Boomerang is not a top ten book of all time for me, but his storytelling was engaging enough to make me reflect.

Because this book was written in 2011, I wonder if its focus on sovereign insolvency due to amoral behavior and cheap credit didn’t resonate as strongly for me because it is now dated. Or it could be his writing and storytelling style, and how the author tends to impose his personal bias so strongly on the reader. Some of his descriptions of Icelanders, the Irish, Greek, Germans, etc, are cringeworthy if not borderline racist.

But anyway. I digress.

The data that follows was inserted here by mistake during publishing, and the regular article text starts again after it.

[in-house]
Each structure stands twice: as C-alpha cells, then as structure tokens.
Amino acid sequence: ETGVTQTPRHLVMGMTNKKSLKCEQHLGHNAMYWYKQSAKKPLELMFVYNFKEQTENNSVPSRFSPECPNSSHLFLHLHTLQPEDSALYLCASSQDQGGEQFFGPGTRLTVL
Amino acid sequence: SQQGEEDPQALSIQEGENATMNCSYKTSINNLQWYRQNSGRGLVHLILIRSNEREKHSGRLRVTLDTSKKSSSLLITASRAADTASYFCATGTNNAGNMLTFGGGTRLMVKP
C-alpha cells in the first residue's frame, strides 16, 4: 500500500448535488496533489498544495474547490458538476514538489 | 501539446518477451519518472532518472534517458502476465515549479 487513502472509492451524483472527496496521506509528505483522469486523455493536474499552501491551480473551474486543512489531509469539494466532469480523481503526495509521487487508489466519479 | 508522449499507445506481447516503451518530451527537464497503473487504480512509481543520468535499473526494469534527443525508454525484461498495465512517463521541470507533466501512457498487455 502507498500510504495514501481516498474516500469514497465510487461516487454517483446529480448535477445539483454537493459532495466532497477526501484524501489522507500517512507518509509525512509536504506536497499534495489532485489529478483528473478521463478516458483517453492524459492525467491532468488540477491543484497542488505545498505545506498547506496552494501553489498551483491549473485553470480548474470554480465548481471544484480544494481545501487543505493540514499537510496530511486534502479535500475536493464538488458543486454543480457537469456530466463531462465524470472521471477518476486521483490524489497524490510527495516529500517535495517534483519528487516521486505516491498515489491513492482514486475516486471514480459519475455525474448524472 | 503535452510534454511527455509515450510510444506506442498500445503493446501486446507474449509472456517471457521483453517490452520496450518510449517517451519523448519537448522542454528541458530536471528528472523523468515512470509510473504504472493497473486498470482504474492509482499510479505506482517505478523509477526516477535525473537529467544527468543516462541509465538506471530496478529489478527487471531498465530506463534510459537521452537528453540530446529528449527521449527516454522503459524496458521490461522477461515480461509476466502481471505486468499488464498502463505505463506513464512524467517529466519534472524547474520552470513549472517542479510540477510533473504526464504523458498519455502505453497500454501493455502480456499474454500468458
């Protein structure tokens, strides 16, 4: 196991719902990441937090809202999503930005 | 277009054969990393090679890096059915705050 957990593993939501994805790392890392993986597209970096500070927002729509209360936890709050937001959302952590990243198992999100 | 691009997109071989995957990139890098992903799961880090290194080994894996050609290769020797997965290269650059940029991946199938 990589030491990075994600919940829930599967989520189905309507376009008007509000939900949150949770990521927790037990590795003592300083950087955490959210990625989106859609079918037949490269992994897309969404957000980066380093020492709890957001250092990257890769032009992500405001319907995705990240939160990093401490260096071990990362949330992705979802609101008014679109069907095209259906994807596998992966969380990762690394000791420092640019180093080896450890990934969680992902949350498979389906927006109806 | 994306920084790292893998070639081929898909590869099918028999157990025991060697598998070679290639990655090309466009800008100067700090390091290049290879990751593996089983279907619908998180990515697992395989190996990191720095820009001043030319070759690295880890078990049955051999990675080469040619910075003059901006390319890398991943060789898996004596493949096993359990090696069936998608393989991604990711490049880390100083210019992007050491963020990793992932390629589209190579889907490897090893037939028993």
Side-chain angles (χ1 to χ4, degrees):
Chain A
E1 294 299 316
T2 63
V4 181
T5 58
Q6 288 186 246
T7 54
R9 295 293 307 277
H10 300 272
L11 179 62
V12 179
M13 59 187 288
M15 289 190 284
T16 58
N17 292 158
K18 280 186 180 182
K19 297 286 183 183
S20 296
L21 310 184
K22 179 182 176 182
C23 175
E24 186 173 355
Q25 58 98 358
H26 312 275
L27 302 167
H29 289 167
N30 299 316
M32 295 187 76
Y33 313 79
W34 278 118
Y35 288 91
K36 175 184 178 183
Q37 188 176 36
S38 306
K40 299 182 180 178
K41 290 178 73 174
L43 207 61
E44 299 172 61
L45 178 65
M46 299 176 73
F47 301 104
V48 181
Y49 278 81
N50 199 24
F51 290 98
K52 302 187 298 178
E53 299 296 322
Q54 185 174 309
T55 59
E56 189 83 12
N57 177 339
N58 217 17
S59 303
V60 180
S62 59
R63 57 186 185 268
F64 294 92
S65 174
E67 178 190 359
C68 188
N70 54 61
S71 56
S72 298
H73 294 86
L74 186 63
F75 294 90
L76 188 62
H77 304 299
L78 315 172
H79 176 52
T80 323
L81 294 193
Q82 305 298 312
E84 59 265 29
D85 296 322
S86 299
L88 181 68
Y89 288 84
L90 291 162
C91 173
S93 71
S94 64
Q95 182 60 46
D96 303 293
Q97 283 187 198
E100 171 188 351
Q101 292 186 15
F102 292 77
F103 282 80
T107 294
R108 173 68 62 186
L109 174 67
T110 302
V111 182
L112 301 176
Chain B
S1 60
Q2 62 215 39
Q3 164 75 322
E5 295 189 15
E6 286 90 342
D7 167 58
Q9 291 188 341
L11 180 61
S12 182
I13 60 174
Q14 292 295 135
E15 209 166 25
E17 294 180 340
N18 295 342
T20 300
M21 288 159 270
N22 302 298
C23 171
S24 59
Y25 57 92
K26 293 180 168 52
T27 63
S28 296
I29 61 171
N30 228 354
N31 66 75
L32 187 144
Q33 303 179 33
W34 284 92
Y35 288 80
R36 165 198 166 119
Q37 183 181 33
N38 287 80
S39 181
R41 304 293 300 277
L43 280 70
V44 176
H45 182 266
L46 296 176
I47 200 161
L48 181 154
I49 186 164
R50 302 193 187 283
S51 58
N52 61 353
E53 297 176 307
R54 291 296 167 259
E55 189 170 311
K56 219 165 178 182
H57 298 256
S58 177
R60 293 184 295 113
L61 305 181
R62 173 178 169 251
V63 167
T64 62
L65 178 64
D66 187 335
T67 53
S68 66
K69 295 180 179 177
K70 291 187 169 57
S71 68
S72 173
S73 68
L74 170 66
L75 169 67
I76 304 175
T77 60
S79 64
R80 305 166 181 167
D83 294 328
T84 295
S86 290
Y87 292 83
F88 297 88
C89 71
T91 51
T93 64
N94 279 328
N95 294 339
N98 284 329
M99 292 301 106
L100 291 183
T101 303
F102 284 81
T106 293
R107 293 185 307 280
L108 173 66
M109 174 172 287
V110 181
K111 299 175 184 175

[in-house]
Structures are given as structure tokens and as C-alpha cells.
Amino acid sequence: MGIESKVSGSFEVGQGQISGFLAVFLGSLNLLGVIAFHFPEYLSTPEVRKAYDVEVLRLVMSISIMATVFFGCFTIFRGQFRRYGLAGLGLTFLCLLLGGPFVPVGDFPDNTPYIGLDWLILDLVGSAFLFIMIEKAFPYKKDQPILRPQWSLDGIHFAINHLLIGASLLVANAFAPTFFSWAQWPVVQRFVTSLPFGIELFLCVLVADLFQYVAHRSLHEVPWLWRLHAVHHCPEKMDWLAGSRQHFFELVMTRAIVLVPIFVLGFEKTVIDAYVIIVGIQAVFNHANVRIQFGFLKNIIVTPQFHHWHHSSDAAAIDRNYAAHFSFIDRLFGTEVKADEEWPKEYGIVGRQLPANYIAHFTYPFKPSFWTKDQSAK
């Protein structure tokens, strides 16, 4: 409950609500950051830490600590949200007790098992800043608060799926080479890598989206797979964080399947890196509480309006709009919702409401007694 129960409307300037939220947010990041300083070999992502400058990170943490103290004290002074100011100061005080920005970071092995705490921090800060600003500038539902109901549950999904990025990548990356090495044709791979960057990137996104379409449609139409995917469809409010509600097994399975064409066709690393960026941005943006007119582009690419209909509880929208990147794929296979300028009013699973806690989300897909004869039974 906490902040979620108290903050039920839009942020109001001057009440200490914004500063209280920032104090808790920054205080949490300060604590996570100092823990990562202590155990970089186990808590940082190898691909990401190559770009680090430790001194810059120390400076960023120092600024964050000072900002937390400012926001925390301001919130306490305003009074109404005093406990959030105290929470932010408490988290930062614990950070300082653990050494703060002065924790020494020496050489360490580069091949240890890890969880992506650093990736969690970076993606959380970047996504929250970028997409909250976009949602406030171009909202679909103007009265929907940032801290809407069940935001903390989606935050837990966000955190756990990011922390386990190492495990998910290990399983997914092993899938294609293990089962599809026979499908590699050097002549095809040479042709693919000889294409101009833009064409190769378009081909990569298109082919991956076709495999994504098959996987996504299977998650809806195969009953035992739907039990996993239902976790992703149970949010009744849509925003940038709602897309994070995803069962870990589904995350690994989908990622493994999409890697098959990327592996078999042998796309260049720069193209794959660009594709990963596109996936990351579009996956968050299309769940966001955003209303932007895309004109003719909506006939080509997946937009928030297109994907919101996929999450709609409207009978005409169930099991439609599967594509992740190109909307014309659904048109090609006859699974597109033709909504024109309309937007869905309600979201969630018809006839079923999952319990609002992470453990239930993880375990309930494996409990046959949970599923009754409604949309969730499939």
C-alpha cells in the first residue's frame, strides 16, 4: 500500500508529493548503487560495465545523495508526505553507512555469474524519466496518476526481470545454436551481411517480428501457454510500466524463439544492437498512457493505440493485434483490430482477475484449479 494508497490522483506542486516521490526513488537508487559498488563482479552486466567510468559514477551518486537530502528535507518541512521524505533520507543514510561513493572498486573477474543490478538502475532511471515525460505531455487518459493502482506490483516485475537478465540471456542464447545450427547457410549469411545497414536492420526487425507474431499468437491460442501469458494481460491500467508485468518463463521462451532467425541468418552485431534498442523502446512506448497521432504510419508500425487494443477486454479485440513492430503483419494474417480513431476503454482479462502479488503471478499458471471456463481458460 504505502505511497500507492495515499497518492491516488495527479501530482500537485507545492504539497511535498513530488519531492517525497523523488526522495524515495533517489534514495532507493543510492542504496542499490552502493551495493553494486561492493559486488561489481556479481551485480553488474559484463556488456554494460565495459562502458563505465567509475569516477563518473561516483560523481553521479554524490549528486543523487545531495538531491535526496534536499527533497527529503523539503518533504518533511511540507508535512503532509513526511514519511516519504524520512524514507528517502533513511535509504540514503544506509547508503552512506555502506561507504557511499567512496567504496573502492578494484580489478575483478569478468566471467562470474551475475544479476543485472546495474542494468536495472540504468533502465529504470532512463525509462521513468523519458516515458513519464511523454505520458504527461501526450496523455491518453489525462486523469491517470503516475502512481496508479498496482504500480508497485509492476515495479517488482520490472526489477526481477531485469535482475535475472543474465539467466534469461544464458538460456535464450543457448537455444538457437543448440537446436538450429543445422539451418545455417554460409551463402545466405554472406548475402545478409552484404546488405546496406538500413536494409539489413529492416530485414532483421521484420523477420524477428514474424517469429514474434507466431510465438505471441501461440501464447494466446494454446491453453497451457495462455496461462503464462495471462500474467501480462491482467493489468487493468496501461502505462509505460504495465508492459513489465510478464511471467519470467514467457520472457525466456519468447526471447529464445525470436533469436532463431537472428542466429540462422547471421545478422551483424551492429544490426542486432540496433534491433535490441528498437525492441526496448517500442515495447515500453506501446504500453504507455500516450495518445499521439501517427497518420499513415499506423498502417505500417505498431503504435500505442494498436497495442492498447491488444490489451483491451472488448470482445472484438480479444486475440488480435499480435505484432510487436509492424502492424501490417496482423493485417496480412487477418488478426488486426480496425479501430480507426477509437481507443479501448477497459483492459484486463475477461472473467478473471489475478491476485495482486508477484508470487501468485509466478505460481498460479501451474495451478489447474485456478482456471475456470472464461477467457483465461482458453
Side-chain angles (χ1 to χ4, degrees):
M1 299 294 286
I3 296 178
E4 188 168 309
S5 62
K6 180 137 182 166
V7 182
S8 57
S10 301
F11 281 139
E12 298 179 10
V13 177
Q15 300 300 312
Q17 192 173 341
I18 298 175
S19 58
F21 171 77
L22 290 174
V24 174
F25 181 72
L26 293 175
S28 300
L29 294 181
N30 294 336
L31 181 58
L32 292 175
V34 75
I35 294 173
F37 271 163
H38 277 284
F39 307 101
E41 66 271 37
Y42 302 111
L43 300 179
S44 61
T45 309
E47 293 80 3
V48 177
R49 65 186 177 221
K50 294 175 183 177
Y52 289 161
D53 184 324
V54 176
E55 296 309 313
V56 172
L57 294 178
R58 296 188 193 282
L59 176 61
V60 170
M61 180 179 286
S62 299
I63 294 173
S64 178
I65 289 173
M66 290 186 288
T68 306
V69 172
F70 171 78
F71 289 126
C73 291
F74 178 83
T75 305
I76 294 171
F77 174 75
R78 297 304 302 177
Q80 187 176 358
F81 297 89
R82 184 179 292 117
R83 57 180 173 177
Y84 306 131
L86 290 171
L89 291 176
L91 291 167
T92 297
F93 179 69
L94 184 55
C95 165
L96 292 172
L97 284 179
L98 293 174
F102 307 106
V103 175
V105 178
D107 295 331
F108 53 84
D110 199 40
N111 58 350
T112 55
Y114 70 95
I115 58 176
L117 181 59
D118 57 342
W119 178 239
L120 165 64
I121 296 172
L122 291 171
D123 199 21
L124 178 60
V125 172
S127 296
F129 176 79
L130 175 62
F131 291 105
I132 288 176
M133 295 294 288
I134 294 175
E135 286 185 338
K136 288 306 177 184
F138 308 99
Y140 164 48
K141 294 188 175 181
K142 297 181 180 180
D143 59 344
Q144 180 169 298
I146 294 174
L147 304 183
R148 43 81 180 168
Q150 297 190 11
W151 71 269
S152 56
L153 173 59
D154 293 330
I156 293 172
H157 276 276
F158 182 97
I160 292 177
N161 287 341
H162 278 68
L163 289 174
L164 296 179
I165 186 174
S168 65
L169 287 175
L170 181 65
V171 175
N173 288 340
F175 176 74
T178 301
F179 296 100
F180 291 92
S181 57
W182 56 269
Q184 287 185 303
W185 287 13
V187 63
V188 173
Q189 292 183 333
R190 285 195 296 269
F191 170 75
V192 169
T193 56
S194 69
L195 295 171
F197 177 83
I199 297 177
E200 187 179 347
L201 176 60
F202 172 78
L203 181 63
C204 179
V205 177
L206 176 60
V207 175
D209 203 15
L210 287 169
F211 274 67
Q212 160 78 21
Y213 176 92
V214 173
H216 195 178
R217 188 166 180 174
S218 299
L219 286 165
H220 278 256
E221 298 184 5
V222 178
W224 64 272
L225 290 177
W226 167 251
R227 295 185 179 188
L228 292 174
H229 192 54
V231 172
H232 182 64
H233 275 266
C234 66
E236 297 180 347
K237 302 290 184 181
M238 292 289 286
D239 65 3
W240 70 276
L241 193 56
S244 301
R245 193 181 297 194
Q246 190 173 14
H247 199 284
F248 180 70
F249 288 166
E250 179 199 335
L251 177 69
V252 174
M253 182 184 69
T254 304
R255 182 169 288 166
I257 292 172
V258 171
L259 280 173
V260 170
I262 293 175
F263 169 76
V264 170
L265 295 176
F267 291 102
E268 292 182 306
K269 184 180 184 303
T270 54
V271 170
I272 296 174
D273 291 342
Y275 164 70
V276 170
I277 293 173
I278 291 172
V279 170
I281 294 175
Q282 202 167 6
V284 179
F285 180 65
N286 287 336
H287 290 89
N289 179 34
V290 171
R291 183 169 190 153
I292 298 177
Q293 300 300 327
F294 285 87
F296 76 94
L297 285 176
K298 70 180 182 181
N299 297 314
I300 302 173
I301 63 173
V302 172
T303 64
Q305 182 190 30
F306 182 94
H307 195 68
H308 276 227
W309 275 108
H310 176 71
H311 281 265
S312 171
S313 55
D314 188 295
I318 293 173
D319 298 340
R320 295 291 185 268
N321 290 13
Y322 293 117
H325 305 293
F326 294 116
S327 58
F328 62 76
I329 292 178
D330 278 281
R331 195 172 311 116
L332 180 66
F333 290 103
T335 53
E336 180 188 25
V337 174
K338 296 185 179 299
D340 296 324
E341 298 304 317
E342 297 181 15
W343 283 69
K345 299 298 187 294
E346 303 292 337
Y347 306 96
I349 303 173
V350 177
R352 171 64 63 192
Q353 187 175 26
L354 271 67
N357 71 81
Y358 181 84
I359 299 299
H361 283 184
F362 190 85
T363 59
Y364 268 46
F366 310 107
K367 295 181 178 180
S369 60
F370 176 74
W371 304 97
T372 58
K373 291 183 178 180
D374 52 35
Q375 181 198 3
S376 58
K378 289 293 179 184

As much as I disliked the book, the takeaway that I’m starting to realize that ties together with so many readings is the focus on self-regulation and human psychology:

He mentions (I wish more extensively), a changing environment that has not changed human wants and desires. Our brains evolved to survive on the savannah, an environment driven by scarcity and that has not adapted to the modern environment of abundance we now live in.

Michael Lewis argues this thesis from a financial standpoint — that when circumstance allows credit to run wild, such as the 2007 peak, we continue to operate with a scarcity mindset that ultimately leads to a government bailout and insolvency.